Ciaccona

In 2007, Ny Musikk (the contemporary music association in Norway) decided  that that they would jump on the cell phone hype, and invited a group of composers and musicians to create ringtones. My starting point for this micro composition was a growing irritation with how the public space became more and more saturated with the electronic banalities of mobile phones. Today, only a few years later, it is as if I do not notice this anymore, and it certainly does not irritate me.

It is as if the public space has absorbed all the new sounds and added them as another transparent layer on top of the acoustic information that was already there. If you listen to the sounds of a modern urban space, it is as if one can make archaeological, acoustic excavations back in time. The sound of cell phones, cars, trams, birds and rain, all belong to the modern city, though  they represent different parts of the acoustic urban development.

Anyway, in order to achieve a more neutral timbre from the mobile phones I wanted to go back to simple monophonic ring tones from the mobile phones infancy. This would be better suited to its limited format, and we would be able to exploit the media to its fullest. As a model for monophonic compositions with high complexity the obvious choice was JS Bach's Sonatas and partitas for solo violin, since these are the very archetype of the constellation one voice and high complexity. Ciaccona is one of the movements in Sonatas and partitas for solo violin and in the same way as this movement displayed all aspects of the virtuoso violin playing of its time, so would my Ciaccona excel in the modern ringtone universe.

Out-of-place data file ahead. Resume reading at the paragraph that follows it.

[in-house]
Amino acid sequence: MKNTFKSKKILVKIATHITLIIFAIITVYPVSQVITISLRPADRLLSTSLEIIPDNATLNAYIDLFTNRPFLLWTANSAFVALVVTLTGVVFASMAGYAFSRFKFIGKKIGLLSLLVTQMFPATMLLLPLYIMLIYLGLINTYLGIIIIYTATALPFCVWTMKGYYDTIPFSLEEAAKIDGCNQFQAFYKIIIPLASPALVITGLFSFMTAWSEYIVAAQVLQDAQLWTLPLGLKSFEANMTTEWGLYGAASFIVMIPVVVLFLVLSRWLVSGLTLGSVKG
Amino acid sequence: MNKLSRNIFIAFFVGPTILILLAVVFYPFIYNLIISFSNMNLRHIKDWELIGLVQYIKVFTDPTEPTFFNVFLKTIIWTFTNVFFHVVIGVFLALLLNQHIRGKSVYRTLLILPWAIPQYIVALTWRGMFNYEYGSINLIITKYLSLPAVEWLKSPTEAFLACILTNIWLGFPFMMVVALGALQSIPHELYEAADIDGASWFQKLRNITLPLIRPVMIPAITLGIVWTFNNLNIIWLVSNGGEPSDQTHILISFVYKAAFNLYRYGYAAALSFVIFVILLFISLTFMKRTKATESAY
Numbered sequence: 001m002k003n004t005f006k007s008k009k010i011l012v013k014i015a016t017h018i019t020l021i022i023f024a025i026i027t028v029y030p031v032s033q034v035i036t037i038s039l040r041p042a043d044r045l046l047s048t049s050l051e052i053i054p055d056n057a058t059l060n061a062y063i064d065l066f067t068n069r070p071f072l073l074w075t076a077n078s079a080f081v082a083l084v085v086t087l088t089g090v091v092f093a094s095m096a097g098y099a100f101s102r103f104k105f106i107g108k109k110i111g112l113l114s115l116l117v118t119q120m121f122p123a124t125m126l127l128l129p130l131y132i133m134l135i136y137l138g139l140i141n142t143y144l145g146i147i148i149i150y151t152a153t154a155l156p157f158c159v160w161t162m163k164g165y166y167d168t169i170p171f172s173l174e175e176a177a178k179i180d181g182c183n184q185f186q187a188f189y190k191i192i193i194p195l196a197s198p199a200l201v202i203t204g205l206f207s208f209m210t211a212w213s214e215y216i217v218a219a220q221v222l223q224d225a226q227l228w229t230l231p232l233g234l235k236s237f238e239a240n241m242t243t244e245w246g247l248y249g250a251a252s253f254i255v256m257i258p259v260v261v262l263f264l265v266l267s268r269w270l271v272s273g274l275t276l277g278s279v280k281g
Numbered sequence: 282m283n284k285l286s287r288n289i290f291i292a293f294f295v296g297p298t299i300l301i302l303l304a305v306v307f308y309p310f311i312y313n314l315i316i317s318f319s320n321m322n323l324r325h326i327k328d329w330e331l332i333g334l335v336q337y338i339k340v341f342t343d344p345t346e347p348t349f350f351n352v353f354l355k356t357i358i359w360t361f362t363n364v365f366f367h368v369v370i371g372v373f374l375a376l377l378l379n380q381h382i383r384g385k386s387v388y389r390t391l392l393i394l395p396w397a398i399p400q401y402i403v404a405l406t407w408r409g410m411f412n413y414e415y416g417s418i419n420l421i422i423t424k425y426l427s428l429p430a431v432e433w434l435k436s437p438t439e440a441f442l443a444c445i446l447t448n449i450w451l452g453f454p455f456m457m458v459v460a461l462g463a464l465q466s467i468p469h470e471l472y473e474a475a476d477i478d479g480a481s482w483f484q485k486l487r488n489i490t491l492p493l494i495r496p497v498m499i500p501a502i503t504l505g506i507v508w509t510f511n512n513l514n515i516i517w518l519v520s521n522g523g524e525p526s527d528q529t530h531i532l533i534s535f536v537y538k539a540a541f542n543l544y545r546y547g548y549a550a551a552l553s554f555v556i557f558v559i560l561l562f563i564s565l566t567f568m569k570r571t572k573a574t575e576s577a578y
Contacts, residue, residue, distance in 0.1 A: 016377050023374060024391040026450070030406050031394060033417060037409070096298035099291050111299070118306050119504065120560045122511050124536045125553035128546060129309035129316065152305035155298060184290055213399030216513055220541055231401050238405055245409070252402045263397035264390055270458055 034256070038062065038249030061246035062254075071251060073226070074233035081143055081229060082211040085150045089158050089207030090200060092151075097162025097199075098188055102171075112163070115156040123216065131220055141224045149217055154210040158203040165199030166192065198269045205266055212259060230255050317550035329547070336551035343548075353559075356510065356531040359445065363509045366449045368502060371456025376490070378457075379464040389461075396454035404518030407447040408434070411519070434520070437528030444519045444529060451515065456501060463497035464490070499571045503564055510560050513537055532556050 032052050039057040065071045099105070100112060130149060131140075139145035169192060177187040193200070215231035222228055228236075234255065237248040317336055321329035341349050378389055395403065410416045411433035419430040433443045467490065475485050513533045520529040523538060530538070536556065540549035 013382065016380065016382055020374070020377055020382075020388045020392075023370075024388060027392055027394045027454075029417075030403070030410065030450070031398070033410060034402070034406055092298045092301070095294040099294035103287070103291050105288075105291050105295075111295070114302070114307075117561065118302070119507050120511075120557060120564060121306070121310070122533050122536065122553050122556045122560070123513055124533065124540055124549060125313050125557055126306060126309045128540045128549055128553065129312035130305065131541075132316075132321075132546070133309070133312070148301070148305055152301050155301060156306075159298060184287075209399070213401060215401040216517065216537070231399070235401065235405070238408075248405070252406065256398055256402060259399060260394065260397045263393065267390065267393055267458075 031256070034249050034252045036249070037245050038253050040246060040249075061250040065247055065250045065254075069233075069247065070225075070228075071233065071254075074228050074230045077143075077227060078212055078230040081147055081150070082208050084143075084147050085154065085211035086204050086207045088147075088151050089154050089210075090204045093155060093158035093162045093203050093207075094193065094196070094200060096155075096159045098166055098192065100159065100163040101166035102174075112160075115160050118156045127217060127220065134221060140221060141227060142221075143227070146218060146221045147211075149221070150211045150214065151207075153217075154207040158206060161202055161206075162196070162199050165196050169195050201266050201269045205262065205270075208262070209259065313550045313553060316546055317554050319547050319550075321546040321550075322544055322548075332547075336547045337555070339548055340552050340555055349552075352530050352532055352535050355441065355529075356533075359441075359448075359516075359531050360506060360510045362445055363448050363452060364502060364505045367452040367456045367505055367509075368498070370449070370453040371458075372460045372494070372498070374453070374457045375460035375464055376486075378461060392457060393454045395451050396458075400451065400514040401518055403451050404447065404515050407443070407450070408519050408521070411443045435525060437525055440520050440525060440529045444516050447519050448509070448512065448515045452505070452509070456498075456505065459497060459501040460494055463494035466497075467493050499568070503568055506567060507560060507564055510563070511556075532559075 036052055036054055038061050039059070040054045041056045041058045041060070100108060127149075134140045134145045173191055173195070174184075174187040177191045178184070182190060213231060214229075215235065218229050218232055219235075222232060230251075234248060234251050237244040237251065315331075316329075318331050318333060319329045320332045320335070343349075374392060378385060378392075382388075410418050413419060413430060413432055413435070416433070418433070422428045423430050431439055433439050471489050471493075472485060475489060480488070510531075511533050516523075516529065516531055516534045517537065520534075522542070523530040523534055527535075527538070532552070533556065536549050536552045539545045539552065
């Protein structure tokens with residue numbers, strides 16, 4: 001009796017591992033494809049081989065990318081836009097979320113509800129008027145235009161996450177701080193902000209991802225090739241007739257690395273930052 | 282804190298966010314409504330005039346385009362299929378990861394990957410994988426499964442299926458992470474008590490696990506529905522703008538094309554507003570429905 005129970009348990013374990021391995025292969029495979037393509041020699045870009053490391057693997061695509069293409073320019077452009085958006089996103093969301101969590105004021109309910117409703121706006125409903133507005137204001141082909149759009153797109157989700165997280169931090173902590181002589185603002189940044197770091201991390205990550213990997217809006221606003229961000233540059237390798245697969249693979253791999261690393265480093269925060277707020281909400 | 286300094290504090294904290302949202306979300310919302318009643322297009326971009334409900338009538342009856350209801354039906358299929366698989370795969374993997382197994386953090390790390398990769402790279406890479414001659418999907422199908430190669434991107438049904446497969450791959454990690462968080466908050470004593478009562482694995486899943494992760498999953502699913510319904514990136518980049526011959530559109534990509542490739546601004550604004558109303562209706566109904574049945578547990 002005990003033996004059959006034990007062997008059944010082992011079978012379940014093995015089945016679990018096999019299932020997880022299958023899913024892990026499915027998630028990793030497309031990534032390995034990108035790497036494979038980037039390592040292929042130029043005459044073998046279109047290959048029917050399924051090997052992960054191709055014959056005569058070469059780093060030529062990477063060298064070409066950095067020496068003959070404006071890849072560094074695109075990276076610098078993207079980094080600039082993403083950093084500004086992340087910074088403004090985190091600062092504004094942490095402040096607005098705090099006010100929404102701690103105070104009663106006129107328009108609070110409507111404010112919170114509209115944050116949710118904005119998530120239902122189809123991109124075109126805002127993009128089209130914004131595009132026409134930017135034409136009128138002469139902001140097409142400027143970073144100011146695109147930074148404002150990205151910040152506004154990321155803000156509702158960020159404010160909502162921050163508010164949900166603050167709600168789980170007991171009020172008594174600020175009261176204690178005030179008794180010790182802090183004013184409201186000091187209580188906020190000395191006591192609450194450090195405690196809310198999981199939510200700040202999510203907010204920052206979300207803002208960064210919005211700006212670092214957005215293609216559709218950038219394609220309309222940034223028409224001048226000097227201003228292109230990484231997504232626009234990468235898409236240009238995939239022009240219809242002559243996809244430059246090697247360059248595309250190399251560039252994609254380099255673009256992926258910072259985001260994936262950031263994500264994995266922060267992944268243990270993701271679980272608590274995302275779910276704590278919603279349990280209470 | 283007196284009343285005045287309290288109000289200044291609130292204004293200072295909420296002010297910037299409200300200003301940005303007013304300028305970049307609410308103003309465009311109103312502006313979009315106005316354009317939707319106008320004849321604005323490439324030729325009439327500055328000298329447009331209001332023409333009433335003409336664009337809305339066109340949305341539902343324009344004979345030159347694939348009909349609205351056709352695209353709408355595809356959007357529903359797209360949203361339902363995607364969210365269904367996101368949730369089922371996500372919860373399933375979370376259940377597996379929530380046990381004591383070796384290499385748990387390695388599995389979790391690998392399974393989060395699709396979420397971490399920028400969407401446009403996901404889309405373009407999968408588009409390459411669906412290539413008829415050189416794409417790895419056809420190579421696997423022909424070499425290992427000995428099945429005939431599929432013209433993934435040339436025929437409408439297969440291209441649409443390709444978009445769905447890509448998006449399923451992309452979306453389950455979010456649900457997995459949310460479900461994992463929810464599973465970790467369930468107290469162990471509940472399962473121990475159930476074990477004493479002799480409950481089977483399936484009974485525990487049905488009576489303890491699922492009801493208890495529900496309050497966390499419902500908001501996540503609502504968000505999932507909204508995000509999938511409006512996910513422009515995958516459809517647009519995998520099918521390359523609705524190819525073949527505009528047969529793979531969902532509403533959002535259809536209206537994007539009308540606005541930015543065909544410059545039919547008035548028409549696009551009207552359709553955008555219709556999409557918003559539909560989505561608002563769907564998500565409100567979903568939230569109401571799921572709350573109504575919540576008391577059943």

This is of course where it all starts to become ludicrous. Firstly, it is obvious that most people will not experience it as a relief to replace the Nokia waltz with distorted noise compositions, something in which I also got some feedback on. Secondly, one can really ask oneself how I was going to achieve the complexity of Bach in a ringtone. However  this combination of stupidity and dead seriousness gave the project a fascinating ambivalence.

The basis for the composition was  small fragments of sound from an old ringtone. I deconstructed and reconstructed this ringtone in a computer program until I had a model that was flexible enough to be shaped compositionally. From this model, I had enough material to allow the composition to last for an entire ringtone length. 30 seconds that is.

Small fragments of sound from this old Nokia phone were the basis for the composition.

Original

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Alternative version 1

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Alternative version 2

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Download the ringtones and put them on your own telephone here:
Original
Alternative version 1
Alternative version 2

 
 


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